Volvo Essay

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One of Sweden’s leading global brands, Volvo is known worldwide for the quality and safety of its transportation vehicles and equipment, particularly its automobiles. The best-known aspect of the Volvo brand is Volvo Cars, which is owned by the Ford Motor Company of the United States. This company is distinct from the Volvo Group, also known as A. B. Volvo, which remains a Swedish company. The Volvo Group builds trucks, buses, construction equipment, and other vehicles, and also maintains a financial services component. Currently, the Volvo-branded companies employ over 100,000 workers, mainly in Sweden, but also in Europe, the United States, and around the world. The headquarters of the auto operations is in Gothenburg, Sweden, as is the Volvo Group’s headquarters. The Volvo Group is a publicly traded company listed on the Stockholm Stock Exchange, while Volvo Cars is wholly owned by Ford Motor, which is also a publicly traded company, headquartered in Dearborn, Michigan.

Volvo was originally founded in 1915 by ball-bearings maker SKF. In 1924 two SKF employees, Assar Gabrielsson and Gustaf Larson, began building cars. Volvo, which means “I go” in Latin, became independent in 1935. First specializing in autos, the company grew impressively from the first hand-built model in the 1920s. By the 1960s, Volvo production reached over 100,000 cars, buses, and trucks at 13 facilities in Sweden employing 18,000 workers. The company’s ethos was very conservative and focused on quality: Volvo had only 15 different vehicle designs in its history and offered only seven different color choices, yet one-tenth of its employees were involved with product inspection.

With the success of models such as the 140 Series, the Amazon, and the 200 Series, Volvo established a reputation for safety innovation. Styling was a secondary consideration as Volvo cars were considered utilitarian. Many common safety features, such as laminated glass, the three-point safety belt, and padded dashboards, were first developed by Volvo. Although the cars were often criticized for their appearance, they were also heralded for their durability. Volvo cars also gained public exposure through the company’s decision to enter into certain motor car races, as Volvo joined the European Touring Car Championship in the 1980s with some success.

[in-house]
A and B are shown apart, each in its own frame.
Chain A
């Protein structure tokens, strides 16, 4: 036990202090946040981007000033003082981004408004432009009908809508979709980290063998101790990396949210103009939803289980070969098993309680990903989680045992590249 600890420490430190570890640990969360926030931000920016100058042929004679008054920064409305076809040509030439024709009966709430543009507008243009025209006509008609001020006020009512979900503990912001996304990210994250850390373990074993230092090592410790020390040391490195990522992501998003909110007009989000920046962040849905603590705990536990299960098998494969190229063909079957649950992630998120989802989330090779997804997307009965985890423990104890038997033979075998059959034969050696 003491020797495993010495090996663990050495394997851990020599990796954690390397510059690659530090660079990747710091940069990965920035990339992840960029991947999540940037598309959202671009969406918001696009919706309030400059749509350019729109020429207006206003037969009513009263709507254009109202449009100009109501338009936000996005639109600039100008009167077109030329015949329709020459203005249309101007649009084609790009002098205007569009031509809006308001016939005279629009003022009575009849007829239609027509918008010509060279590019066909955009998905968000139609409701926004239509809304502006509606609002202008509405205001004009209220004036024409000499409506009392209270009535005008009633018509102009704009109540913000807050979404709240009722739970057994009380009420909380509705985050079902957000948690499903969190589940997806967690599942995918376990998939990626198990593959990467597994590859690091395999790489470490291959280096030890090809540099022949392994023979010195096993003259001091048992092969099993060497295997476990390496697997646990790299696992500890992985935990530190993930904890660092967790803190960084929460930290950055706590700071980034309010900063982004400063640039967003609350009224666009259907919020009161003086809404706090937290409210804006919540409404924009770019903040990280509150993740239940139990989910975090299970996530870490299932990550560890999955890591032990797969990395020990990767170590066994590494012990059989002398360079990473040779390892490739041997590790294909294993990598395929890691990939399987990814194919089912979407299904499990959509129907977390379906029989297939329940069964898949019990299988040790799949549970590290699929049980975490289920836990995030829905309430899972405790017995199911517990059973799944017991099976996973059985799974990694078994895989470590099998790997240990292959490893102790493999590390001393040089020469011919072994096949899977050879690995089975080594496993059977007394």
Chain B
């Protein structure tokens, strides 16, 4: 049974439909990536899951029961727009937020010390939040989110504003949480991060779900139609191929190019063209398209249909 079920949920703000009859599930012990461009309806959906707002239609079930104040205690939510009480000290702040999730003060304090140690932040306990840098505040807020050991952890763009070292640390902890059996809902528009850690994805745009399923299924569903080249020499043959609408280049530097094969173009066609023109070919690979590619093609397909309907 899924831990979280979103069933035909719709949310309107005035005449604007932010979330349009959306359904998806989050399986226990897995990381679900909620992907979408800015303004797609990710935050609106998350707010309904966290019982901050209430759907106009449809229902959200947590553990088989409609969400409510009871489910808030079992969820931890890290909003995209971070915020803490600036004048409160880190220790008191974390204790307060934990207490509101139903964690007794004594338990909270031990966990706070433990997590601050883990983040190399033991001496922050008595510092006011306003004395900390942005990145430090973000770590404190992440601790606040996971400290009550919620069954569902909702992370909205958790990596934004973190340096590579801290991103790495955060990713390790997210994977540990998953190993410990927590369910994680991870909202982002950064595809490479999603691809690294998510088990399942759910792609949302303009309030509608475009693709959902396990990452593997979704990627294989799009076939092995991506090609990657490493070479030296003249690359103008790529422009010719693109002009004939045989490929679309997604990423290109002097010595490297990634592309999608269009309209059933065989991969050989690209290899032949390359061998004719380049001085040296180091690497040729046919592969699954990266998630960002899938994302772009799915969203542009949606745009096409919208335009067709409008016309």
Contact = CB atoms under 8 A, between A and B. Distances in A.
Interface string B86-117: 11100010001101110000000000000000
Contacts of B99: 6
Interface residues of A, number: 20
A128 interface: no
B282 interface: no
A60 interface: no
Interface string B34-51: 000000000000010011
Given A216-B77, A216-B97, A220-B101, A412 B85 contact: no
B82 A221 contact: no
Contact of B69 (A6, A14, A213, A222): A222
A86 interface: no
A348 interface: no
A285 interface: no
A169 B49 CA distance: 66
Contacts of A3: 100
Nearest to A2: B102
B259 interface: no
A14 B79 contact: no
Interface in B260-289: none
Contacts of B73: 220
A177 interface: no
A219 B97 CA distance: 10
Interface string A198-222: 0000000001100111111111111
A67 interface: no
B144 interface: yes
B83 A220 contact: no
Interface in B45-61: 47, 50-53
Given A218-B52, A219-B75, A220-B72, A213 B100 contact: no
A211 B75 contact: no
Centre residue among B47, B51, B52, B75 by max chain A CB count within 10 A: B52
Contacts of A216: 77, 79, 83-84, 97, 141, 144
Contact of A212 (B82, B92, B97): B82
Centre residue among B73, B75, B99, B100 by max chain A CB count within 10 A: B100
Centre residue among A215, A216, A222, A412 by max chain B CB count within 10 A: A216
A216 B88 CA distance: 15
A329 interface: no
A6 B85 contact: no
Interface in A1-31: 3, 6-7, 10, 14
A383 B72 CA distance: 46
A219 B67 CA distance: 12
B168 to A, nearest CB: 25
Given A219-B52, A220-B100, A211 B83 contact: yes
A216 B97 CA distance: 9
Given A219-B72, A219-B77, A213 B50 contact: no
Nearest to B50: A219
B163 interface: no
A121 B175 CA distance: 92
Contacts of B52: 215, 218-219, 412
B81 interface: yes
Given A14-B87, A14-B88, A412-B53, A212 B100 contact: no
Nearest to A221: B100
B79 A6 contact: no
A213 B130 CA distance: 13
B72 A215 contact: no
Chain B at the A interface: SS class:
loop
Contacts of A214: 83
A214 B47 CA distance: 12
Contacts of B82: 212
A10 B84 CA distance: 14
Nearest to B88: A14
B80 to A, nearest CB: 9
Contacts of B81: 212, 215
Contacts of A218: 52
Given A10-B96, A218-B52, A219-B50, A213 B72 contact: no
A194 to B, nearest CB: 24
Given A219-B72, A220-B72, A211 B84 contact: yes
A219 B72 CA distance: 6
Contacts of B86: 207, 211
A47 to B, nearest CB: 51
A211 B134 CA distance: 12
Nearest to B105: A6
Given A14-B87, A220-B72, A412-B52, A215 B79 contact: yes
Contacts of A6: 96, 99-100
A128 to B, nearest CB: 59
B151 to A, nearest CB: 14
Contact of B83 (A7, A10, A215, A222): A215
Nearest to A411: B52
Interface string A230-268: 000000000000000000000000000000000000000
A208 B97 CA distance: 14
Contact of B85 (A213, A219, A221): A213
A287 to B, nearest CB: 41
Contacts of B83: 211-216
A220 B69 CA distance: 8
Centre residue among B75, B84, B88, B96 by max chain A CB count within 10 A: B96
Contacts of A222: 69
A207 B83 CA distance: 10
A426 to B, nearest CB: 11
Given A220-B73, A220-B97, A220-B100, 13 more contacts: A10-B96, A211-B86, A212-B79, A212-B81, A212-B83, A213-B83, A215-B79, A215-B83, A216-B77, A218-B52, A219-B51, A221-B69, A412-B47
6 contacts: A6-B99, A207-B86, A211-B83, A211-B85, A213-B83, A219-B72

Volvo began expanding its global operations beginning in the 1960s, especially its car production. It opened a plant in Halifax, Nova Scotia, Canada, in 1963, the first non–North American plant to operate on the continent. In 1974 the company broke ground on a US$100 million plant in Virginia that was intended to produce 100,000 vehicles and employ 3,500 workers within two years. Yet by 1976, the partially completed plant was still not producing vehicles, a victim of the recession in the auto industry and increased prices for Volvo products that slowed sales. Nonetheless, Volvo cars are still made in Belgium, the Netherlands, Malaysia, and Thailand with worldwide production around 450,000 vehicles.

In 1999 the Ford Motor Company purchased the auto assembly operations of Volvo Cars from the Volvo Group. Volvo became part of Ford’s Premier Automotive Group (PAG) and remains the last brand in PAG since the sale of Land Rover and Jaguar to Tata Motors of India by Ford in 2008. Since being acquired by Ford, Volvo’s auto operations have maintained a very small (less than 1 percent) but steady share of the world auto market, with approximately 2,500 dealers worldwide. While maintaining its reputation for safety and quality, the company has expanded the range of vehicles it produces, launching sport utility vehicles, sports cars, and other types of vehicles. There has been speculation that Ford Motor will sell Volvo, given the parent company’s financial difficulties since 2005, but this has not yet happened.

The remaining Volvo Group has itself since expanded, establishing a link with Renault Trucks, acquiring Mack Trucks from Renault S. A., and Nissan Diesel from Nissan. With the Mack acquisition, Renault became the largest shareholder of the Volvo Group.



  1. Christian Berggren, The Volvo Experience: Alternatives to Lean Production in Sweden (Cornell University Press, 1992);
  2. Pehr G. Gyllenhammar, People at Work (Addison-Wesley, 1977);
  3. Hong Liu, Lars-Uno Roos, and Robin Wensley, “The Dynamics of Business Orientation: The Case of the Volvo Car Corporation,” Industrial Marketing Management (v.33/4, 2004);
  4. Ake Sandberg, ed., Enriching Production: Perspectives on Volvo’s Uddevalla Plant as an Alternative to Lean Production (Avebury, 1995);
  5. Mosad Zineldin, “International Business Relationship and Entry Modes: A Case of Swedish Automotive Industry Scania and Volvo in Mexico,” Cross Cultural Management: An International Journal (v.14/4, 2007).

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